Raisin-practice

To have a first-hand experience of mindfulness i suggest the raisin-practice.

For the practice you need:

  • 10 undisturbed minutes
  • three raisins (or something similar like pieces of an apple or gummi bears)
  • a seat
  • all 5 senses together

So retreat with your raisins and sit down relaxed. Leave room for all arising sensations, thoughts and emotions. Should your awareness wander away from the raisin – get it back kindly. Eat each raisin individually.

Touch and feel

You hold the raisin in your hand, close your eyes, touch and feel the raisin. Sense the raisin between your fingers and try to explain how it feels. Some words to come to mind could be: raw abrasive, dry, smooth, sticky, thin, firm, elastic.

Watch all perceptions that come to mind with curiousity.

Listen

Take the raisin to your ear and discover the sounds that it makes. Do you hear anything? Or maybe only when you move it? How would you describe those sounds? As crinkles, clicks or …? Are the sounds loud, dull, clear or …? Also listen with the other ear!

Smell

Sniff at the raisin and be aware of the notions going through your head. Do both nostrils have the same sensations or different? Does the intensity of the smell change? Possible adjectives: hot, sharp, sweet, greasy, rancid, musty, sour.

Vision

Open the eyes and discover the raisin visually from different angles and distances. How would you describe the raisin at the telephone in terms of colour, texture, shades, sheen? Take as much time as you need, imagine you had never seen a raisin before.

Taste

Lead the raisin to your lips and feel it with them, try to move it with your lips. Do your taste buds come to life? Take the raisin into your mouth slowly but for the moment don’t bite it! Examine the surface with your tongue, move it through your mouth e.g. along the palate. Stay open and curious for all sensations. Does the texture of the raisin change? Place it consciously on the molars – want to bite? Not yet! Plan to bite explicitly, chew it in slow-motion and record the rising senations (need to swallow?) and flavours. Chew until you feel the last noticeable bit, prepare to swallow and watch the process of swallowing. Do you feel the motion starting at throat the down to the stomach? Is the entire raisin gone or are there some remains in your mouth?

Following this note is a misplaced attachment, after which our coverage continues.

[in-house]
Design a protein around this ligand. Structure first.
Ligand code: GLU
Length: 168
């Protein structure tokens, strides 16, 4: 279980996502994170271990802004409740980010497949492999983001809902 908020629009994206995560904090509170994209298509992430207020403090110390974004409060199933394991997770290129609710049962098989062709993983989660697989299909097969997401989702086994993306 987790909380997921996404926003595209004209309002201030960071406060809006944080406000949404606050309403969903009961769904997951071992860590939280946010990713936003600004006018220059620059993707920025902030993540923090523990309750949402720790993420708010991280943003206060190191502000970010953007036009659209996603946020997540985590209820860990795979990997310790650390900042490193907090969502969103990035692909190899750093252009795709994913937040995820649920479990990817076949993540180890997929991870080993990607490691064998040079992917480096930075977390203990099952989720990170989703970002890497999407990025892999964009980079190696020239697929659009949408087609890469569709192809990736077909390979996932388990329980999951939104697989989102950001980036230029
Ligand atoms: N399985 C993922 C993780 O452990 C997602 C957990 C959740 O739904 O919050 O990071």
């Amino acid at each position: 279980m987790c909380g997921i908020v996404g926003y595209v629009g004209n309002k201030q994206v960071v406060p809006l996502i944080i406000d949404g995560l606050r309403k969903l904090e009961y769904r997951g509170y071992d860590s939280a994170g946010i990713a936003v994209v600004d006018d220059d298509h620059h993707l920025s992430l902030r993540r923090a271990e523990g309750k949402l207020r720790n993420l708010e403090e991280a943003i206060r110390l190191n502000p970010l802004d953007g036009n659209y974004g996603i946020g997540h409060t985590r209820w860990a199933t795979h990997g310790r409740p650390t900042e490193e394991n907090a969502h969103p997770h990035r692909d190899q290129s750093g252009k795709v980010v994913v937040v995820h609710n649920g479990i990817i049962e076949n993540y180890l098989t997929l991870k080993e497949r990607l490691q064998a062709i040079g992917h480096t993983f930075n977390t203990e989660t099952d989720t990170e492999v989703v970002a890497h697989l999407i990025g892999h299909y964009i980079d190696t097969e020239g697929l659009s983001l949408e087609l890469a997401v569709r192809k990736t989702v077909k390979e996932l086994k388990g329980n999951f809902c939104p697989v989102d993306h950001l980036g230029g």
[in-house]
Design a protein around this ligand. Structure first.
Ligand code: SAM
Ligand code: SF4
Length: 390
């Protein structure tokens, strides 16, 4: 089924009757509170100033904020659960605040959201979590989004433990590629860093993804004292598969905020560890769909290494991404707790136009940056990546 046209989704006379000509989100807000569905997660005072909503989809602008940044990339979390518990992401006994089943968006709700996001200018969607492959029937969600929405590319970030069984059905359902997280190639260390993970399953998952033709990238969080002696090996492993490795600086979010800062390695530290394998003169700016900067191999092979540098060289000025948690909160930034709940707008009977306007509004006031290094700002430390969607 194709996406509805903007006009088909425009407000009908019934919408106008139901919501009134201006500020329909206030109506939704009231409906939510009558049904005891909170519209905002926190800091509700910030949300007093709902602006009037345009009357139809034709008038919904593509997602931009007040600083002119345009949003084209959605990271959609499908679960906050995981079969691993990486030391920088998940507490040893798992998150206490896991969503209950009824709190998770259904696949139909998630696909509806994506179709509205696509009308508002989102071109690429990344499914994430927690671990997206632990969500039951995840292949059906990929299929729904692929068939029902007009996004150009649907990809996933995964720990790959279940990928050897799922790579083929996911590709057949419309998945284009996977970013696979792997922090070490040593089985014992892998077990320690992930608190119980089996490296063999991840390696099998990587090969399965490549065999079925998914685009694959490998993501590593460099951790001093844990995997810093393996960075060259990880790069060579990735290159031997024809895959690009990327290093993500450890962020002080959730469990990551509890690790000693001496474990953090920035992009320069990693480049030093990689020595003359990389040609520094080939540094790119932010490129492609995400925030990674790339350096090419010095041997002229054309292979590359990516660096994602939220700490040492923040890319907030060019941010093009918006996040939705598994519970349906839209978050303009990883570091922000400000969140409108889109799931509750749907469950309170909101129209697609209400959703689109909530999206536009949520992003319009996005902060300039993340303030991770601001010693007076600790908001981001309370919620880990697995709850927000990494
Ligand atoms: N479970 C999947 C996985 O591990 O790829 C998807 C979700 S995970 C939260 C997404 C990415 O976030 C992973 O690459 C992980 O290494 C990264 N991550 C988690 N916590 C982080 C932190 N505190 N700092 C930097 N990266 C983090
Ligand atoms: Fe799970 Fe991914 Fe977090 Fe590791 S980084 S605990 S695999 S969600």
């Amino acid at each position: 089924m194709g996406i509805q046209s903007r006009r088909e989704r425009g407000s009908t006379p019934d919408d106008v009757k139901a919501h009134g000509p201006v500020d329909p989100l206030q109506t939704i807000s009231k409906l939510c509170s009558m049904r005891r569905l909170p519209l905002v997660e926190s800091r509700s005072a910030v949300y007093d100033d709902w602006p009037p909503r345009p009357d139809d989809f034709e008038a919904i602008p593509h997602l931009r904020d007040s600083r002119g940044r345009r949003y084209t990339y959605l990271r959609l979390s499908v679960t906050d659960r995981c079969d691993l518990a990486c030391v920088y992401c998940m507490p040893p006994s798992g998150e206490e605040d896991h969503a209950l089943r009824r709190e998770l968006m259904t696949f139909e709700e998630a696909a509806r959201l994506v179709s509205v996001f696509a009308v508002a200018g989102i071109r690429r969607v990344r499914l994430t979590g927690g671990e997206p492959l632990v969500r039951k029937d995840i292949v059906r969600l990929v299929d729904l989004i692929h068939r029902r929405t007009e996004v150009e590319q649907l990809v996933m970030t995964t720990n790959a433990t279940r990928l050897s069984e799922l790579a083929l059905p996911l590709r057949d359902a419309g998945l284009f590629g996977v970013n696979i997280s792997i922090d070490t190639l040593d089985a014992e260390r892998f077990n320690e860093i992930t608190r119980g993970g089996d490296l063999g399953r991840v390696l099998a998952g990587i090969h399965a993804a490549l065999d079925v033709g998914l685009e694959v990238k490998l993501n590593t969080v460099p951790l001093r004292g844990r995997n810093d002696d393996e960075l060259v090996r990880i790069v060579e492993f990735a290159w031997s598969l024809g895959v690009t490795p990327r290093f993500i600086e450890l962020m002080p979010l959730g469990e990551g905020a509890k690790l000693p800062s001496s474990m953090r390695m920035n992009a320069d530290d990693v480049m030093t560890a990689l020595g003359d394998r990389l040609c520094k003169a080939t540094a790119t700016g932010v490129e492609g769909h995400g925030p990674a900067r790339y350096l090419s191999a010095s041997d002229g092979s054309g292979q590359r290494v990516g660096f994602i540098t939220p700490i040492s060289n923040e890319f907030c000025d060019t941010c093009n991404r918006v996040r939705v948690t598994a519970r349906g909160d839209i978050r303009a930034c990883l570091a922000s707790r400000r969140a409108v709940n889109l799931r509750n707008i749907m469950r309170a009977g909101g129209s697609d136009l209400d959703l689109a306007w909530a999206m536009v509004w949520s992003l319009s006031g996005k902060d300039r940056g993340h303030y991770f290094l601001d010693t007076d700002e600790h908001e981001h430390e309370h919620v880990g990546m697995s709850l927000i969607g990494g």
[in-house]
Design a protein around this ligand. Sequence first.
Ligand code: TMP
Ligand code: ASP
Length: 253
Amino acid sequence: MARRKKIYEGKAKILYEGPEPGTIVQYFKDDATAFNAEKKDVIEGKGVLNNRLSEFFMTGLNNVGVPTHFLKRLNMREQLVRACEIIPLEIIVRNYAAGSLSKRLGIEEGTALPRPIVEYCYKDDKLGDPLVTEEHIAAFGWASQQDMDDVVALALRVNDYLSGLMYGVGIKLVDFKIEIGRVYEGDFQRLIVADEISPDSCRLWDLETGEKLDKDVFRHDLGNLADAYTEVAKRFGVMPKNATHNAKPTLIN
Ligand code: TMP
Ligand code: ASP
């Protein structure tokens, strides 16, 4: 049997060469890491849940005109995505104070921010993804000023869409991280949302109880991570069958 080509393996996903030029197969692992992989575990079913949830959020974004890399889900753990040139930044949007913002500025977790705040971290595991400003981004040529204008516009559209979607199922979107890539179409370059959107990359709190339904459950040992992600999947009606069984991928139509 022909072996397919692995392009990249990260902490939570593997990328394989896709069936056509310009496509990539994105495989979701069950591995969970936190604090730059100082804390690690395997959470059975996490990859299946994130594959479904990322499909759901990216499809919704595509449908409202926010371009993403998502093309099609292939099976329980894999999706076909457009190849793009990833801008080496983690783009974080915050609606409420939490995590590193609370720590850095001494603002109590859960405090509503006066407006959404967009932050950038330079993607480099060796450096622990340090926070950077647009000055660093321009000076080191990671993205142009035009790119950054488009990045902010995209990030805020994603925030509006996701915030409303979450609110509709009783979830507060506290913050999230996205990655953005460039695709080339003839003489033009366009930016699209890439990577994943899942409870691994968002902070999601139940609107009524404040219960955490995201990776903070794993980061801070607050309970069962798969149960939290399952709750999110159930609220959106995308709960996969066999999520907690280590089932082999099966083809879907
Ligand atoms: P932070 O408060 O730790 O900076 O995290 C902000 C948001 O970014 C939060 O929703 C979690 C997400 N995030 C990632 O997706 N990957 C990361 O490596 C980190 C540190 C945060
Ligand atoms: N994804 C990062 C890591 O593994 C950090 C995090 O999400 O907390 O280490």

Repeat

Try to take as much time for the second raisin but without thinking about the procedure in detail.

Eat the third raisin in the same way as you would normally eat a raisin. Compare the sensations, thoughts and emotions with the former runs.

End

Stay seated calmly for a short time and watch the thoughts that arise.

Conclusion

The three basic principles of mindfulness are illustrated very well by the raisin practice.

Act intentionally

You intend to take some time to enjoy the raisin – not more and not less!

Connect to the Now! Here!

The raisin takes your entire attention, you are not distracted by the past nor focused on the future.

Try not to judge (hastily)

This is the hardest one for me. It is a substantial difference if the raisin tastes “good” or just “sour”. More about that in my article.

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